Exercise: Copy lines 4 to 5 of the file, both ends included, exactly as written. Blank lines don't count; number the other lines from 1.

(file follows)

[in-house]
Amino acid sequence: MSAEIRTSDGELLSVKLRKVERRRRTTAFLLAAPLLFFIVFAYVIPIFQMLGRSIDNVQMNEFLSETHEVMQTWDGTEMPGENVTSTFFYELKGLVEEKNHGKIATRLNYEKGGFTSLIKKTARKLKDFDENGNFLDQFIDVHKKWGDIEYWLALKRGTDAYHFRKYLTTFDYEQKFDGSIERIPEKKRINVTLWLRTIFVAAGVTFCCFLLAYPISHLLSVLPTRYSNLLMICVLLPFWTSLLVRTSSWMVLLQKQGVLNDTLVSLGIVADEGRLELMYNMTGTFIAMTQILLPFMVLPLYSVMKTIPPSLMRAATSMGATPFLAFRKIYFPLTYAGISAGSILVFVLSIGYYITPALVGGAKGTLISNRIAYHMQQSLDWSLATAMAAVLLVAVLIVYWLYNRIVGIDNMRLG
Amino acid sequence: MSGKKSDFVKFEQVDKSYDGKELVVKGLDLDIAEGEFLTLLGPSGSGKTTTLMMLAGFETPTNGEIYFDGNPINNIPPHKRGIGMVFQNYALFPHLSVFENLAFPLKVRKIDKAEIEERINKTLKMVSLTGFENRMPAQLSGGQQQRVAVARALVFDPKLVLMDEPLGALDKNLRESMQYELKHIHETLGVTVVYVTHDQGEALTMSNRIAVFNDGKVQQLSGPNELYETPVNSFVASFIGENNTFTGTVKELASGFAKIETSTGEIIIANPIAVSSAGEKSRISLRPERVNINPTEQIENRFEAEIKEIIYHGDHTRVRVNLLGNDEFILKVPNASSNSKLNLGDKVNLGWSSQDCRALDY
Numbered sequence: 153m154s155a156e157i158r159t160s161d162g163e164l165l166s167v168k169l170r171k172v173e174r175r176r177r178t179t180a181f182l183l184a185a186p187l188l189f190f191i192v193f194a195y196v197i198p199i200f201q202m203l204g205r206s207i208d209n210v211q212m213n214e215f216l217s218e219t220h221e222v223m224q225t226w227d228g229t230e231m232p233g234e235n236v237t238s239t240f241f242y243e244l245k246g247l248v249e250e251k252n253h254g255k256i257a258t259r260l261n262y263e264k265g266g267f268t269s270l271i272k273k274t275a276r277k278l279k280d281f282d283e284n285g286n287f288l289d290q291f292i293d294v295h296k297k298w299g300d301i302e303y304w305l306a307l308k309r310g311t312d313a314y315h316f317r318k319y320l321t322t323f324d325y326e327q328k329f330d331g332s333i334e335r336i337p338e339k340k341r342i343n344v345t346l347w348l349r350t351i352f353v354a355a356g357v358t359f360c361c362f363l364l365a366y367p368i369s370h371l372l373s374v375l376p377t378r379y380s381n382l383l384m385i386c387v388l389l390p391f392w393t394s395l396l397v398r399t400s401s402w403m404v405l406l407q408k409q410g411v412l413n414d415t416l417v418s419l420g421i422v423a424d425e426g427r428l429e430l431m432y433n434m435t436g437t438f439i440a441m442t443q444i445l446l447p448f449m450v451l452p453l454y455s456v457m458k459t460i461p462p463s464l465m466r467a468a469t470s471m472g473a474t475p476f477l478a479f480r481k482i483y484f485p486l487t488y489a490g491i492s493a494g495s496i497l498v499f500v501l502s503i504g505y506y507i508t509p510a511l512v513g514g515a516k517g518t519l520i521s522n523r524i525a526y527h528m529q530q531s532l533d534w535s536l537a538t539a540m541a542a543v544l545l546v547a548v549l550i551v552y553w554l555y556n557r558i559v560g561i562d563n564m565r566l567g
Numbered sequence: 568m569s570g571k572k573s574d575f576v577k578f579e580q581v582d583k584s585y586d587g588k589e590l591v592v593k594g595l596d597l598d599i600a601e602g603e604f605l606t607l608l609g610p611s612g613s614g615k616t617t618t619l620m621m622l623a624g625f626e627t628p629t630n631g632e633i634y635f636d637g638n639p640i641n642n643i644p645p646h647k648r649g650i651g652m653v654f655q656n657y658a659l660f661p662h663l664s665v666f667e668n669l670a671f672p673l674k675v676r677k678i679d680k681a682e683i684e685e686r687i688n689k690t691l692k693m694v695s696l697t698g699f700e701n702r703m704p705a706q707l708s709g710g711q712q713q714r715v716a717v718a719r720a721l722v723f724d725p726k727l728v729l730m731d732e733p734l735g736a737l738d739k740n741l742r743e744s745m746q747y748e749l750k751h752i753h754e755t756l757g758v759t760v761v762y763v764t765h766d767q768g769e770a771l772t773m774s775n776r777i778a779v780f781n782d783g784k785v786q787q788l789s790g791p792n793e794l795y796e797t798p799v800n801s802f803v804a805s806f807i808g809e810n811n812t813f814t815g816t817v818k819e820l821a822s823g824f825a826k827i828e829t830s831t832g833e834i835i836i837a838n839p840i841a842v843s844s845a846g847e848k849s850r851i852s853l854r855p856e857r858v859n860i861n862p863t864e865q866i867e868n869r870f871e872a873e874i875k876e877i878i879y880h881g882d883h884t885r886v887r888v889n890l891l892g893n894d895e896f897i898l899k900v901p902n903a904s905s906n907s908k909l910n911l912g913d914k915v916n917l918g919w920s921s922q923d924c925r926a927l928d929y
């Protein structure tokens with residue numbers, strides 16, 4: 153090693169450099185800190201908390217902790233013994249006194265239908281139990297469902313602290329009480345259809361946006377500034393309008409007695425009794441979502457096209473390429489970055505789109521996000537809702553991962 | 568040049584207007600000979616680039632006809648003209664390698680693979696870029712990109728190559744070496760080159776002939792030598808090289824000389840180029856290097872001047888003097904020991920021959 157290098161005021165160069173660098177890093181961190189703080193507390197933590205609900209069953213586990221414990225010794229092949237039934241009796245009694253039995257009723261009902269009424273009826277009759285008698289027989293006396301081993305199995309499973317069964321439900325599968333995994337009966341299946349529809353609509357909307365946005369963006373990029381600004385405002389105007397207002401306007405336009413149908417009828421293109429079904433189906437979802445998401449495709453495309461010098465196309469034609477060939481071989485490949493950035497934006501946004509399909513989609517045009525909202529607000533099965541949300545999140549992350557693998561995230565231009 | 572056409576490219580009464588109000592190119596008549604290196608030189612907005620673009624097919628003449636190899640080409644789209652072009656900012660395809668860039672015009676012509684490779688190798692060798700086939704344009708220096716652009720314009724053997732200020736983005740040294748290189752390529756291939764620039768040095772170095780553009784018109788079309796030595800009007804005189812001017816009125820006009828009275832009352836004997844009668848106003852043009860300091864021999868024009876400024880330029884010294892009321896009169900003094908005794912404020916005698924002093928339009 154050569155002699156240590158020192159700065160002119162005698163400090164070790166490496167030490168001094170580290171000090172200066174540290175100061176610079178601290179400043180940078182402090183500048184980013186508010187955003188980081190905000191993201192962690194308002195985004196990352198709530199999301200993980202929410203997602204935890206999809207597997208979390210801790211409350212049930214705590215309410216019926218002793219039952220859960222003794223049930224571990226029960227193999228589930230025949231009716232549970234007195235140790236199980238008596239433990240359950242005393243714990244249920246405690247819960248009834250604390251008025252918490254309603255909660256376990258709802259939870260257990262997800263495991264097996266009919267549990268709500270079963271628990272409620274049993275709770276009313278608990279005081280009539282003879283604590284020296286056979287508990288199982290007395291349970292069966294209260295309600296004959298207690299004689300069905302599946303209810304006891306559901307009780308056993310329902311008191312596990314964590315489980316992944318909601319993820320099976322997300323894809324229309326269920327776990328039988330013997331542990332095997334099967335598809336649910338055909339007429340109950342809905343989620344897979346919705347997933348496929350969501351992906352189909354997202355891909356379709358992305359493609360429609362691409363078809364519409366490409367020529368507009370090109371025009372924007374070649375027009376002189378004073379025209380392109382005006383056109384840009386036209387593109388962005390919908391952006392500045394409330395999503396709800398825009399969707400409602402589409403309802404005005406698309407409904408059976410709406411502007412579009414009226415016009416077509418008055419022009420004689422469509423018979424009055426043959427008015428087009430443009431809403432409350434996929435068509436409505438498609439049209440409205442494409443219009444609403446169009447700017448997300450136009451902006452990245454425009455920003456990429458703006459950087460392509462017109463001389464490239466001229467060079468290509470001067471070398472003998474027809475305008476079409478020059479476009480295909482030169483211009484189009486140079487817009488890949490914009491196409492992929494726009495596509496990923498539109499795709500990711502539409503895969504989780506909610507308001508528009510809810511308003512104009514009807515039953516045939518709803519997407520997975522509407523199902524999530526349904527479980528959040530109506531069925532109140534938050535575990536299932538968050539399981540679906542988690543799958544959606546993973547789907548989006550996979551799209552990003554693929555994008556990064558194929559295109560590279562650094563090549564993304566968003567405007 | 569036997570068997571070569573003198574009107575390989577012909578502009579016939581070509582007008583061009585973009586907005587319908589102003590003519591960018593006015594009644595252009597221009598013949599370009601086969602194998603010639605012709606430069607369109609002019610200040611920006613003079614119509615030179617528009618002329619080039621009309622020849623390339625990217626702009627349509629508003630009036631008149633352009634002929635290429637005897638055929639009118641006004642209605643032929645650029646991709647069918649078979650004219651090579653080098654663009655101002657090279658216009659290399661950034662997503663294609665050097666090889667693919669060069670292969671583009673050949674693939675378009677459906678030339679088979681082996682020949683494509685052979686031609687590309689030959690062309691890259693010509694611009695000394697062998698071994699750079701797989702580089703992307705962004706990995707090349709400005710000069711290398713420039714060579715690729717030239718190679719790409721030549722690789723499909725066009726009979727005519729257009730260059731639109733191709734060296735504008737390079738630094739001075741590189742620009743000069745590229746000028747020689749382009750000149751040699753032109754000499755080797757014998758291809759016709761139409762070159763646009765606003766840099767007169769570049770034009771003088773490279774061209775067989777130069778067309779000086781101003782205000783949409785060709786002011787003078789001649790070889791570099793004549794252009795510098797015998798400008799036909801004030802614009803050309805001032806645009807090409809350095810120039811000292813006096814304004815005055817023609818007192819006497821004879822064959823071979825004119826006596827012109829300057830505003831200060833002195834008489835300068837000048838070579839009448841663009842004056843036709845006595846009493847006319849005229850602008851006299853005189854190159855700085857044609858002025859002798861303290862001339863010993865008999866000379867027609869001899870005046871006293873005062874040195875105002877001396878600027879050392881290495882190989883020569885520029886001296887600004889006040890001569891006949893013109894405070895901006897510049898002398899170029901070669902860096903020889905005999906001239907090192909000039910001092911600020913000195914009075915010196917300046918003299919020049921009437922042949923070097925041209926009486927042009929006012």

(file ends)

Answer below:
Numbered sequence: 153m154s155a156e157i158r159t160s161d162g163e164l165l166s167v168k169l170r171k172v173e174r175r176r177r178t179t180a181f182l183l184a185a186p187l188l189f190f191i192v193f194a195y196v197i198p199i200f201q202m203l204g205r206s207i208d209n210v211q212m213n214e215f216l217s218e219t220h221e222v223m224q225t226w227d228g229t230e231m232p233g234e235n236v237t238s239t240f241f242y243e244l245k246g247l248v249e250e251k252n253h254g255k256i257a258t259r260l261n262y263e264k265g266g267f268t269s270l271i272k273k274t275a276r277k278l279k280d281f282d283e284n285g286n287f288l289d290q291f292i293d294v295h296k297k298w299g300d301i302e303y304w305l306a307l308k309r310g311t312d313a314y315h316f317r318k319y320l321t322t323f324d325y326e327q328k329f330d331g332s333i334e335r336i337p338e339k340k341r342i343n344v345t346l347w348l349r350t351i352f353v354a355a356g357v358t359f360c361c362f363l364l365a366y367p368i369s370h371l372l373s374v375l376p377t378r379y380s381n382l383l384m385i386c387v388l389l390p391f392w393t394s395l396l397v398r399t400s401s402w403m404v405l406l407q408k409q410g411v412l413n414d415t416l417v418s419l420g421i422v423a424d425e426g427r428l429e430l431m432y433n434m435t436g437t438f439i440a441m442t443q444i445l446l447p448f449m450v451l452p453l454y455s456v457m458k459t460i461p462p463s464l465m466r467a468a469t470s471m472g473a474t475p476f477l478a479f480r481k482i483y484f485p486l487t488y489a490g491i492s493a494g495s496i497l498v499f500v501l502s503i504g505y506y507i508t509p510a511l512v513g514g515a516k517g518t519l520i521s522n523r524i525a526y527h528m529q530q531s532l533d534w535s536l537a538t539a540m541a542a543v544l545l546v547a548v549l550i551v552y553w554l555y556n557r558i559v560g561i562d563n564m565r566l567g
Numbered sequence: 568m569s570g571k572k573s574d575f576v577k578f579e580q581v582d583k584s585y586d587g588k589e590l591v592v593k594g595l596d597l598d599i600a601e602g603e604f605l606t607l608l609g610p611s612g613s614g615k616t617t618t619l620m621m622l623a624g625f626e627t628p629t630n631g632e633i634y635f636d637g638n639p640i641n642n643i644p645p646h647k648r649g650i651g652m653v654f655q656n657y658a659l660f661p662h663l664s665v666f667e668n669l670a671f672p673l674k675v676r677k678i679d680k681a682e683i684e685e686r687i688n689k690t691l692k693m694v695s696l697t698g699f700e701n702r703m704p705a706q707l708s709g710g711q712q713q714r715v716a717v718a719r720a721l722v723f724d725p726k727l728v729l730m731d732e733p734l735g736a737l738d739k740n741l742r743e744s745m746q747y748e749l750k751h752i753h754e755t756l757g758v759t760v761v762y763v764t765h766d767q768g769e770a771l772t773m774s775n776r777i778a779v780f781n782d783g784k785v786q787q788l789s790g791p792n793e794l795y796e797t798p799v800n801s802f803v804a805s806f807i808g809e810n811n812t813f814t815g816t817v818k819e820l821a822s823g824f825a826k827i828e829t830s831t832g833e834i835i836i837a838n839p840i841a842v843s844s845a846g847e848k849s850r851i852s853l854r855p856e857r858v859n860i861n862p863t864e865q866i867e868n869r870f871e872a873e874i875k876e877i878i879y880h881g882d883h884t885r886v887r888v889n890l891l892g893n894d895e896f897i898l899k900v901p902n903a904s905s906n907s908k909l910n911l912g913d914k915v916n917l918g919w920s921s922q923d924c925r926a927l928d929y